Restorative Justice II at Sacred Harvest Festival – Editorial

Thursday, August 9th, the second community Restorative Justice (RJ)  circle was held at Sacred Harvest Festival,  a year after the first. The festival was a lot different place this year, it was observable that an immense amount of grief resolution and healing had taken place over a year. A focus on the festival theme of the sacred in our lives, and the power of love, had seemed to replace a sense of anxiety, hurt, grief, and fear that many had felt a year ago.

The Circle was much smaller this year, down to 15 participants, with 6 having their first experience with RJ at this circle. The feelings of the nine who returned were softened,  and reflected a feeling of a return to normalcy, which in this case is defined by the tribal sense of family this festival has generated based on the feedback of thousands of individuals over fifteen years.

Crystal Blanton had offered to facilitate this RJ circle again.  Crystal began with establishing a talking stick. This year she used a personal Phoenix tradition piece because:

“What we are doing in this community. We are rising from circumstances, regardless of what those circumstances have been, and where everybody falls in that. Taking where we are at, and using it as a catalyst to grow into something beautiful and bigger, and in some ways unimaginable.”

Crystal solicited;  “Any questions before we begin?   None were asked.

Crystal Blanton


“We open with two pieces to set the tone for where we have been, and where we are going :”

“The most precious gift we can offer others is our presence, when mindfulness embraces those we love they will bloom like flowers. “

And from an article: “Contact beyond the Gods”

Crystal read a quote about the spiritual importance of connection, and the connection we all have with each other. Acknowledging the importance of the process we are in, how we integrate the lessons we have learned into our spiritual being, and into the path before us. Not only learning how to work in community, but teaching how to work in community, for our children. Preserving what we have worked so hard for here.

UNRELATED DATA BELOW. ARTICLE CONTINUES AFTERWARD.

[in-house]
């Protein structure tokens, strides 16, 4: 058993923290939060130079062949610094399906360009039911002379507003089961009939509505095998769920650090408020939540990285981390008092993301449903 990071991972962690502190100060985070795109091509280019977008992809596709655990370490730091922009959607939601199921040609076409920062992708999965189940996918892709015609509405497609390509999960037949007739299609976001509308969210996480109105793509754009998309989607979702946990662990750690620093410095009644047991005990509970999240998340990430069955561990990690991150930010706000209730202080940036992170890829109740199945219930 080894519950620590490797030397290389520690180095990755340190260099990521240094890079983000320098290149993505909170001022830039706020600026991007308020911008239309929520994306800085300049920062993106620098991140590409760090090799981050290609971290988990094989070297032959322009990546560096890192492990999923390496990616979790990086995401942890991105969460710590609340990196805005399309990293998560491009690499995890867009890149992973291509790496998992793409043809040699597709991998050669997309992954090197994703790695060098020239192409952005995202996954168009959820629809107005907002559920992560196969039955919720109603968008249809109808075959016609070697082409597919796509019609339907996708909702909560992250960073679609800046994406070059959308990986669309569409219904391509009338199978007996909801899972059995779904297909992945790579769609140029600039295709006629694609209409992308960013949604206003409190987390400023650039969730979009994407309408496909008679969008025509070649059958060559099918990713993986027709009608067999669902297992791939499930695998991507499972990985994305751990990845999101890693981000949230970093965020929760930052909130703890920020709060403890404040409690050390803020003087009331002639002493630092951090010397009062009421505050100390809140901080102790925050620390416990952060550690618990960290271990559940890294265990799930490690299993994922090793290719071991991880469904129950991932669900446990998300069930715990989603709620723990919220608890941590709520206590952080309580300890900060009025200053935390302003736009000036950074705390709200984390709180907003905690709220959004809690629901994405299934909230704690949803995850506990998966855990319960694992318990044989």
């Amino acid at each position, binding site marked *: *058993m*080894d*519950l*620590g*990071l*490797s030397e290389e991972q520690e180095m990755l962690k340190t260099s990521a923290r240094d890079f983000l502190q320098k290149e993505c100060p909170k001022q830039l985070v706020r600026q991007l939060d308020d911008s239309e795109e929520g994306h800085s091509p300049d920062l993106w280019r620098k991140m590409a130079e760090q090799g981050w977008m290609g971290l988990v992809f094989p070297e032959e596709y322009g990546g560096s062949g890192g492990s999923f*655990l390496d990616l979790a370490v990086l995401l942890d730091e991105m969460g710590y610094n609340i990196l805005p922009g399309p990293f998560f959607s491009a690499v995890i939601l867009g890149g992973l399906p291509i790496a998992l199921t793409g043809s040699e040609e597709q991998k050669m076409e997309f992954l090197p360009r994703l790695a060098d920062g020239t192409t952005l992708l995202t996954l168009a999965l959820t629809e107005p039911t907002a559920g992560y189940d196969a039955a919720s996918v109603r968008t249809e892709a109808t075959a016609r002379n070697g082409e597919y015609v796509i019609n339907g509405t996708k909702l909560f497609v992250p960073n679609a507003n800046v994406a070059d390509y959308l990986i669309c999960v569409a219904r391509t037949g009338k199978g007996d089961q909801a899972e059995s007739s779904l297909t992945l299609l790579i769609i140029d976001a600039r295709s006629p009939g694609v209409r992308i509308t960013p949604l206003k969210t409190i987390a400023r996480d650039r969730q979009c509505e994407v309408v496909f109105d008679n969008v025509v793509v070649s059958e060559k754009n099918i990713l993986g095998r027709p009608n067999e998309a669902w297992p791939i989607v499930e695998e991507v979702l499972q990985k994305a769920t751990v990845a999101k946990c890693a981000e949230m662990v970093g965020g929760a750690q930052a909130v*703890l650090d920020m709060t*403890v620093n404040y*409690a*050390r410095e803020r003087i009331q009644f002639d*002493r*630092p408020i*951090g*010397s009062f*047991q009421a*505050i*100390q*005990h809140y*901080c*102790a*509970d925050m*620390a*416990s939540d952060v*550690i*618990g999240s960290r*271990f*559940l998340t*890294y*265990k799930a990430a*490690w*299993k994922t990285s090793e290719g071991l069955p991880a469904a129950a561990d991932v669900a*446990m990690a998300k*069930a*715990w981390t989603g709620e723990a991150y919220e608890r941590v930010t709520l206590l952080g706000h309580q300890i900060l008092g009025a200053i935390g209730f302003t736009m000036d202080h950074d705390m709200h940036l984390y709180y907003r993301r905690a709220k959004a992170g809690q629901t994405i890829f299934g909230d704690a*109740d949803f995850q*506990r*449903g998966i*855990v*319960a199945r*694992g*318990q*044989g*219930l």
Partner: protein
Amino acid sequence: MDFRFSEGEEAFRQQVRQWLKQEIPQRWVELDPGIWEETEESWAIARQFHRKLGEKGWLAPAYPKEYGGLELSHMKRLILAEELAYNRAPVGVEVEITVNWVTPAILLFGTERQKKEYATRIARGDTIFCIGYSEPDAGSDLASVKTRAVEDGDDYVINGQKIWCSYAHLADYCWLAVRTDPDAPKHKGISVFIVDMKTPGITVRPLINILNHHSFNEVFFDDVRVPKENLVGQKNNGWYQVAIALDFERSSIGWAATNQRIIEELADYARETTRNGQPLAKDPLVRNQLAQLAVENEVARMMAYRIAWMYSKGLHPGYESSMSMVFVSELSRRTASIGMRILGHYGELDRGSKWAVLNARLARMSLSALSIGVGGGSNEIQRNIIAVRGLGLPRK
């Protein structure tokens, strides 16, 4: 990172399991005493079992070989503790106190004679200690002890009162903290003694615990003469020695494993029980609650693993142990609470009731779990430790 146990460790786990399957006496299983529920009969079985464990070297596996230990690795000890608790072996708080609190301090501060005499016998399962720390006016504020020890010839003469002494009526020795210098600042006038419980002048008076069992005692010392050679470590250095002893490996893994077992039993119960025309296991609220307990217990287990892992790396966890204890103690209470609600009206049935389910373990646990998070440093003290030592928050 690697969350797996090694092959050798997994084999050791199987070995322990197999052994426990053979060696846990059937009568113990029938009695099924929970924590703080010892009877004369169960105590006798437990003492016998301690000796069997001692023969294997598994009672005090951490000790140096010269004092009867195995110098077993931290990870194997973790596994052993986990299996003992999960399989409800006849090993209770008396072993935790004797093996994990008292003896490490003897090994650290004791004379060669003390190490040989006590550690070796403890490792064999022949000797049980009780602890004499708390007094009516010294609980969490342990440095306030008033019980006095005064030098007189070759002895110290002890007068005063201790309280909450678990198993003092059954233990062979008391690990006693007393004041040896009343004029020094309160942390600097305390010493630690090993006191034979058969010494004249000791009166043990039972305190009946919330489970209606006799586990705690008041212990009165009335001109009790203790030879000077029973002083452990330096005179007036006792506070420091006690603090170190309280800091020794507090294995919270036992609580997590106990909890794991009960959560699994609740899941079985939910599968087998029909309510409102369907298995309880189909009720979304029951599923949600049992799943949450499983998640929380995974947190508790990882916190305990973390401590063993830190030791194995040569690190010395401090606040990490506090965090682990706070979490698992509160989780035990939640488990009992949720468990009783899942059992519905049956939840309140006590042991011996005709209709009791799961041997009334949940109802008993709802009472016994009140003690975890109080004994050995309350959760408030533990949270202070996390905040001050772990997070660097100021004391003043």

Crystal begins the RJ circle offering two values she brings, asking each participant to state a value they bring to the circle.

Crystal asks us to come into this space right now. Crystal sends the talking piece around and asks:

“.. each to offer one feeling or emotion that that you are experiencing right now, in this moment.”

Crystal asks for :

”One, or at most two, reasons why this community is important? “

She reverses the direction of the speaking. Some answers were brief, and some lengthy.

 “Breathe that in, and look around the circle and thank the people here for supporting those experiences.”

“Important is understanding the reasons, the motivations for why we do what we do, why we put so much work into community building , and work so hard. This is hard work. This is why conflict continues, it is hard to face the pain and not just let it fester. Thank you for that.”

“As pain still exists in this space, and many did not participate in the circle last year, I want to take a moment and allow that pain to enter this space.”

Crystal asks for: “ A round of adding something , a statement into the circle, that is weighing heavy with you regarding the loss that this community has suffered. “

Some passed the opportunity initially, and then were revisited. This round of responses is lengthy.

Crystal acknowledged the opportunity and honesty taken to honor;

“… the power that grief takes, in many forms. Those levels of denial, those bargaining tactics like ; ‘ if it could just go back, I promise that I would make sure…. ‘, I want to honor that process. We grieve, and sometimes it looks angry, or sad, or confused. It looks different in different people. “

Crystal then asks:

“Give us a tip on how to build empathy from our grief” .

Fairly lengthy personal statements follow.

  “ Everything contributed here is valid, because we are different people and what it is going to look like for each of us is going to look different. It is part of a process. We embrace the fact that the feelings people bring to the table will be different.”

Some nuggets Crystal gleaned from the participant statements in this round include:

“Power with not power over;  Be present in the process;  Personal reflection;  Creating a space of love, away from the fear;  Be with;  Choose transparency and choose to be vulnerable;  Communicate effectively and be clear about our boundaries and expectations; Reach out and be available;  Acknowledge our own hurt;  Respect the words of others;  See the whole of each person:  Imagine walking in the shoes of another;  Acknowledge the struggle we all face.”

“What we do in this process is acknowledgement, this is our process, how we embrace the process. We know that the process is a rebuild. Be a mirror of others to rebuild empathy. We make it better together, that is how we build.”